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6 March 2014 1:04 pm ,
Vol. 343 ,
Magdalena Koziol, a former postdoc at Yale University, was the victim of scientific sabotage. Now, she is suing the...
Antiretroviral drugs can protect people from becoming infected by HIV. But so-called pre-exposure prophylaxis, or PrEP...
Two studies show that eating a diet low in protein and high in carbohydrates is linked to a longer, healthier life, and...
Considered an icon of conservation science, researchers at World Wildlife Fund (WWF) headquarters in Washington, D.C.,...
The new atlas, which shows the distribution of important trace metals and other substances, is the first product of...
Early in April, the first of a fleet of environmental monitoring satellites will lift off from Europe's spaceport in...
Since 2000, U.S. government health research agencies have spent almost $1 billion on an effort to churn out thousands...
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ScienceShot: Performing Surgery on Your Christmas Turkey
21 December 2011 6:30 pm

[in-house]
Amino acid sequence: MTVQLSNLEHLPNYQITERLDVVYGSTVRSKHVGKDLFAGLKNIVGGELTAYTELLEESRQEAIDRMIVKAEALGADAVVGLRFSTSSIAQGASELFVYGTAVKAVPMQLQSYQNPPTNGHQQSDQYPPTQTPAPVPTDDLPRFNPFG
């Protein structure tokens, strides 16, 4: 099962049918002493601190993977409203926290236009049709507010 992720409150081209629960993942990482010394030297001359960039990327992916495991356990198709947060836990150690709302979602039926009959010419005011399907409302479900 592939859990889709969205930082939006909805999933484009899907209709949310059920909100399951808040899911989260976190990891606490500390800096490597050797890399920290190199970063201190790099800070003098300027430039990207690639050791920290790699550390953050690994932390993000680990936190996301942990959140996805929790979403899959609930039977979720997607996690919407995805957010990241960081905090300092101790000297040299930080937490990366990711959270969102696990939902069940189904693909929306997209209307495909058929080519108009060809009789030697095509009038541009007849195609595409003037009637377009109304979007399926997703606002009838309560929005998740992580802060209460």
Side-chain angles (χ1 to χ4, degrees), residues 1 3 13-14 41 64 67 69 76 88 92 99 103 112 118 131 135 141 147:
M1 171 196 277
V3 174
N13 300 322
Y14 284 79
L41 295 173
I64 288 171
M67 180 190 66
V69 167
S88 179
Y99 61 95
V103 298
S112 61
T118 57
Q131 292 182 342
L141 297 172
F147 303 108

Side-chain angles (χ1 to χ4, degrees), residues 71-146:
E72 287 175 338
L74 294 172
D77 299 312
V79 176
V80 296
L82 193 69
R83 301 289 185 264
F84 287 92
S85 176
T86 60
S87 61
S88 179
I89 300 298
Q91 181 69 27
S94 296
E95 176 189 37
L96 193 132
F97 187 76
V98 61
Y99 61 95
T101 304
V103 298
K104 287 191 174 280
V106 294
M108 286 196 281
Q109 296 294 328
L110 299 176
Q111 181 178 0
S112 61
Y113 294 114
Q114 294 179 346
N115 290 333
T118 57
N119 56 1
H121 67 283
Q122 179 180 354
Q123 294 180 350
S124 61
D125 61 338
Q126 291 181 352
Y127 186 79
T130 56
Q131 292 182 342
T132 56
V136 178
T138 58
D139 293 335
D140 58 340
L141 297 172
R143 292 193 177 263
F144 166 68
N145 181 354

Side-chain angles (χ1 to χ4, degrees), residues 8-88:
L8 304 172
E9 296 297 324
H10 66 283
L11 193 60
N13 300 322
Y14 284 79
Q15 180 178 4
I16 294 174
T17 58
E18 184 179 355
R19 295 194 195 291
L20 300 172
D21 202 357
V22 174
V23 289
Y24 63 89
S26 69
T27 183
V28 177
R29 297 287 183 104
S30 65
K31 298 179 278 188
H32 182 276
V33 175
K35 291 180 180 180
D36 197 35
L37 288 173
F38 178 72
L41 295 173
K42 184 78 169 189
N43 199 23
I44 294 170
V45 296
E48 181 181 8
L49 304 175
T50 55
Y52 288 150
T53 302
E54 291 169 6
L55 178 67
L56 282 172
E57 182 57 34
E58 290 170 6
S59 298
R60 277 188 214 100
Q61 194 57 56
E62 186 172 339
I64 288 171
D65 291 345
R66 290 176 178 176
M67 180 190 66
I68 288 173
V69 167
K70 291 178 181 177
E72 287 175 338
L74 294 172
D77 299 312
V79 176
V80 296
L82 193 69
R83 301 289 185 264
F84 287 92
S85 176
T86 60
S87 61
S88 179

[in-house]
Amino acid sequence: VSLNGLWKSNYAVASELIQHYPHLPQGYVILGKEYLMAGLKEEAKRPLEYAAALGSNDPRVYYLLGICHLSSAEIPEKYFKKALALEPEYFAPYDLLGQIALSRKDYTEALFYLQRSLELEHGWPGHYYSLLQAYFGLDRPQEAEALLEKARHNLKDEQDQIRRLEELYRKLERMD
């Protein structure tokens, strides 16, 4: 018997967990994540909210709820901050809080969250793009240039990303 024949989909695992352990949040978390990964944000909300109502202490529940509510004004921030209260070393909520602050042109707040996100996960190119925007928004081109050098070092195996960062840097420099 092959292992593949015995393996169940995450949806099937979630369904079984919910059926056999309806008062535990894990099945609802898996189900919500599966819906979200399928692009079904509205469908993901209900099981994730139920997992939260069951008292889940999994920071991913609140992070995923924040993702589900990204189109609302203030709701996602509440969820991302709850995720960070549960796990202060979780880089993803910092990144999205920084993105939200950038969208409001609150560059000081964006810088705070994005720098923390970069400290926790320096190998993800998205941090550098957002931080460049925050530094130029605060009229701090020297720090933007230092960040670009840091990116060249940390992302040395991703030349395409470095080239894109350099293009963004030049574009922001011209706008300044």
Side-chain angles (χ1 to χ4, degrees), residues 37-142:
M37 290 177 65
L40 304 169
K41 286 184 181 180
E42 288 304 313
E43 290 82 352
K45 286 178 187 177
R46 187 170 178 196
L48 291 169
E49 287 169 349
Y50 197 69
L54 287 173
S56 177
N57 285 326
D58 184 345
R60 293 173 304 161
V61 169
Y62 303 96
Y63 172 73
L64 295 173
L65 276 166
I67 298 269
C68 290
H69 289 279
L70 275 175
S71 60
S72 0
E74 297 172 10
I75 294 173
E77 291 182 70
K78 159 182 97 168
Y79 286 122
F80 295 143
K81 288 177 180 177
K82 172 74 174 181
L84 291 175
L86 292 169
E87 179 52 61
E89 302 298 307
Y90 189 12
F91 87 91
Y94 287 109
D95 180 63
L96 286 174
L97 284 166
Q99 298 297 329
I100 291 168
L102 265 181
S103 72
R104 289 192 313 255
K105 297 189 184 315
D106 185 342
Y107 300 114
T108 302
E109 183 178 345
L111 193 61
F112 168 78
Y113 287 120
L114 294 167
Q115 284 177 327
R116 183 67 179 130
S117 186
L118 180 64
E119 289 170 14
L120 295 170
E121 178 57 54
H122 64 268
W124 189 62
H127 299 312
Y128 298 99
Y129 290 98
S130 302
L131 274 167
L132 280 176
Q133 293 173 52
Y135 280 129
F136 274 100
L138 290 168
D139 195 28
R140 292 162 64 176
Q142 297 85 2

If you're having turkey for Christmas dinner, be sure to invite a veterinarian. A group of European vets has figured out the best way to sew up a deboned bird. After taking the major bones out of a handful of turkeys and filling them with stuffing, the group tried out four different stitch patterns—arrangements that they use professionally to fix a horse's intestines or sew up a cat after surgery. A fifth turkey got skin staples (shown). The turkey sewed with the simple stitch, akin to that a home cook might try (poking the needle into the skin on one side, then up through the other side) had the most torn skin before cooking. The other three stitch patterns still looked decent after cooking, but when the sutures were removed, a lot of skin and meat came with them. The best-looking turkey, it turned out, was the one that had been stapled. "You will finally be able to impress family and friends with your surgical skills at a Christmas or Thanksgiving dinner," the authors conclude in a paper published online today in Veterinary Record. Although they also warn that, while absorbable sutures will be digested if you accidentally leave one behind, a forgotten skin staple could cause problems for your guests' teeth or innards.
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